Tag Archives: European Financial Stability Facility

There is something rotten in the state of Greece. Also in Ireland, Portugal, Spain, and Italy.

Europe is patting itself on the back as they supposedly work out a fix for Greece. Basically, Greece will get billions more Euros in exchange for spending cuts. As a result, Greek interest rates fell slightly, though they are still very very high.

Greece 10-year interest rate:

Greece 2-year interest rate:

Great job Greece and Europe! The 10-year interest rate in Greece is now only 16.81%. And the 2-year rate is down to 29.38%. A job well done, indeed!

But wait a second there Europe. Don’t drink your champagne just yet. What about the rest of Europe?

Ireland 10-year interest rate:

Portugal 10-year interest rate:

Spain 10-year interest rate:

Italy 10-year interest rate:

Very puzzling. Why are those interest rates rising to record highs if you solved the problem? I’m starting to think you don’t know what you’re doing.

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A broke Japan bails out Europe

So now Japan is bailing out the at-risk Euro countries.

Japan on Tuesday threw its support behind Europe’s bailout efforts, saying it will take a major stake in a bond offering for Ireland later this month by one of the special funds set up in the wake of the euro-zone sovereign debt crisis.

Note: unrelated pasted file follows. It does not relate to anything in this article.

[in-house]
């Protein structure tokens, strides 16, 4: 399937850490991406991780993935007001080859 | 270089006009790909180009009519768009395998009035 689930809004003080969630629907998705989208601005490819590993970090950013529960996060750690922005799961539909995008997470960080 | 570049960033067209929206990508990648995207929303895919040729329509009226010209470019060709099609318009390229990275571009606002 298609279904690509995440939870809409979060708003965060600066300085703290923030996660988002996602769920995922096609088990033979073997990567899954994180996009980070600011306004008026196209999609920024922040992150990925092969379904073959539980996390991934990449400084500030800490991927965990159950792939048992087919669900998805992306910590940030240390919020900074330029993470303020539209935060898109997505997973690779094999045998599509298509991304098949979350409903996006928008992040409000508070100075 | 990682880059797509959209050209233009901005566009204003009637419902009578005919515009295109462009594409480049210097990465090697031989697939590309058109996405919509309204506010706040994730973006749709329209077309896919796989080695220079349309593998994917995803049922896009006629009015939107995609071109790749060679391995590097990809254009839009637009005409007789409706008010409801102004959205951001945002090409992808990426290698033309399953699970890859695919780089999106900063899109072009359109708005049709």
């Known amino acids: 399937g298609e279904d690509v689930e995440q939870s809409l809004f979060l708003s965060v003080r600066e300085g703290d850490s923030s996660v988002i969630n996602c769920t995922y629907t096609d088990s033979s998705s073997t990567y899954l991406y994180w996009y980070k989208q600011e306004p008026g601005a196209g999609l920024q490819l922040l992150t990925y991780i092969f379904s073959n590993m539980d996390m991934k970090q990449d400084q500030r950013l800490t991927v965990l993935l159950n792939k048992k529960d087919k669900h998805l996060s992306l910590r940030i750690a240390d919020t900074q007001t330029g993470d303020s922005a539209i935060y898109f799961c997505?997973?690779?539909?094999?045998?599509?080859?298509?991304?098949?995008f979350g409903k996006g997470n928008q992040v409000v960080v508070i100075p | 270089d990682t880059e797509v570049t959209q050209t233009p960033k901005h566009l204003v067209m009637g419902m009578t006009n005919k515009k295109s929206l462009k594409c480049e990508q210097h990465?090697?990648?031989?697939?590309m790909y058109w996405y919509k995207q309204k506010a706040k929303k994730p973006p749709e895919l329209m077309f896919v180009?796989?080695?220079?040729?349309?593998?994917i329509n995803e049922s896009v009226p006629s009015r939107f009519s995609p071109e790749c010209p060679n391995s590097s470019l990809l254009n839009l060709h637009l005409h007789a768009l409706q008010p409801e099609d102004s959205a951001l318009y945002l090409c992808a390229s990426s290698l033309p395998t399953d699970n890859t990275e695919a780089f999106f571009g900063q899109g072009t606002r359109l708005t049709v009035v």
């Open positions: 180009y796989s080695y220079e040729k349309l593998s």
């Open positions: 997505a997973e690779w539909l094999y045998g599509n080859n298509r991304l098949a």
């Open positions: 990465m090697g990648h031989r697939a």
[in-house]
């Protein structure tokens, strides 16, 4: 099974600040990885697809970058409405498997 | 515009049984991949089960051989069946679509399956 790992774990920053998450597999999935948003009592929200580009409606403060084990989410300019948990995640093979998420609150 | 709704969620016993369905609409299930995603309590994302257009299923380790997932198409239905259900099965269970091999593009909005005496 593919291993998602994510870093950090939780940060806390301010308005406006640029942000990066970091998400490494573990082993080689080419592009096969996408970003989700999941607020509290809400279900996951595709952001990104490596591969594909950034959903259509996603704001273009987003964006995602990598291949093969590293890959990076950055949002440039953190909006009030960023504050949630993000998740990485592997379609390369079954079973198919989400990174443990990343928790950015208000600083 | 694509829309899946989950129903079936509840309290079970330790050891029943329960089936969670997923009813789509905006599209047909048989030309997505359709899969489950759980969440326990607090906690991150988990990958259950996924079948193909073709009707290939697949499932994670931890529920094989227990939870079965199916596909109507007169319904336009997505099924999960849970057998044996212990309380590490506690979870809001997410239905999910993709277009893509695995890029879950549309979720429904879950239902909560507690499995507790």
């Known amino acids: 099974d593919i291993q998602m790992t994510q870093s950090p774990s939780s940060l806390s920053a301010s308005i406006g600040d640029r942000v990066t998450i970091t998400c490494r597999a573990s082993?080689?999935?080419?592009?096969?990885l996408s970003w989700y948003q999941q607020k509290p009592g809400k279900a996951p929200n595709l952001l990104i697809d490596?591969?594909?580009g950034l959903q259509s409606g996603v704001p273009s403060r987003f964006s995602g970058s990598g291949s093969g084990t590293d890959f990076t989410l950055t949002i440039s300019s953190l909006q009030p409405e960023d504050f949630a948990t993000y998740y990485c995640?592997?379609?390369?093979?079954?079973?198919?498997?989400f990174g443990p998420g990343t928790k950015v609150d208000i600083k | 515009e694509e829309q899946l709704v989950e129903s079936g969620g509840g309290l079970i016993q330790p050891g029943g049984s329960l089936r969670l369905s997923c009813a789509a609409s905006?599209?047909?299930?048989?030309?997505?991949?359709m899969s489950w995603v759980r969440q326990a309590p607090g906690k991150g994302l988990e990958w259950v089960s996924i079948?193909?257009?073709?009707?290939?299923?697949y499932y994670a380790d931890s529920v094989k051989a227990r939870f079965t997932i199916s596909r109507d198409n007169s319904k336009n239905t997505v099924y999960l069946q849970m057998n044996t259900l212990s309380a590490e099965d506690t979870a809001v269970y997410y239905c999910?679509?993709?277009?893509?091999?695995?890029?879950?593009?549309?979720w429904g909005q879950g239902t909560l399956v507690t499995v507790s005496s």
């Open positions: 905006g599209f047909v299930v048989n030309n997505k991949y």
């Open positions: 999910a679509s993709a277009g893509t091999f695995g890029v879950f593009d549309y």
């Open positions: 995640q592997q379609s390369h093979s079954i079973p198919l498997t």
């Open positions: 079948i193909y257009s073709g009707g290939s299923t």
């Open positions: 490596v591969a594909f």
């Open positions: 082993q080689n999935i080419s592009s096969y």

The government plans to buy more than 20% of a bond offering by the European Financial Stability Facility, expected some time this month, Finance Minister Yoshihiko Noda said at a press conference. The EUR440 billion fund was set up in June 2010 to help finance bailout efforts.

But where exactly is Japan getting the money from to buy these bonds? Japan’s been running big deficits for years and has debt of 201 percent of GDP, much larger than those European countries. But Japan pays almost nothing in interest rates on its own debt and is buying higher yielding bonds, profiting from the spread.

From a more macro viewpoint, Japan is monetizing the Euro debt just as the Fed is monetizing the US debt. But the difference is huge. These Euro countries are much closer to defaulting than the United States is and the spread between short-term Japanese rates and long-term Euro rates is much larger than the spread between short- and long-term rates in the US. Though Japan’s purchase is “only” 88 billion Euros compared to the Fed’s $600 billion in QE2 alone, Japan has a smaller economy and is taking a much larger risk.

The Yen and Nikkei index fell after the news. Japan should worry about its own fiscal and economic situation before trying (and likely failing) to help others.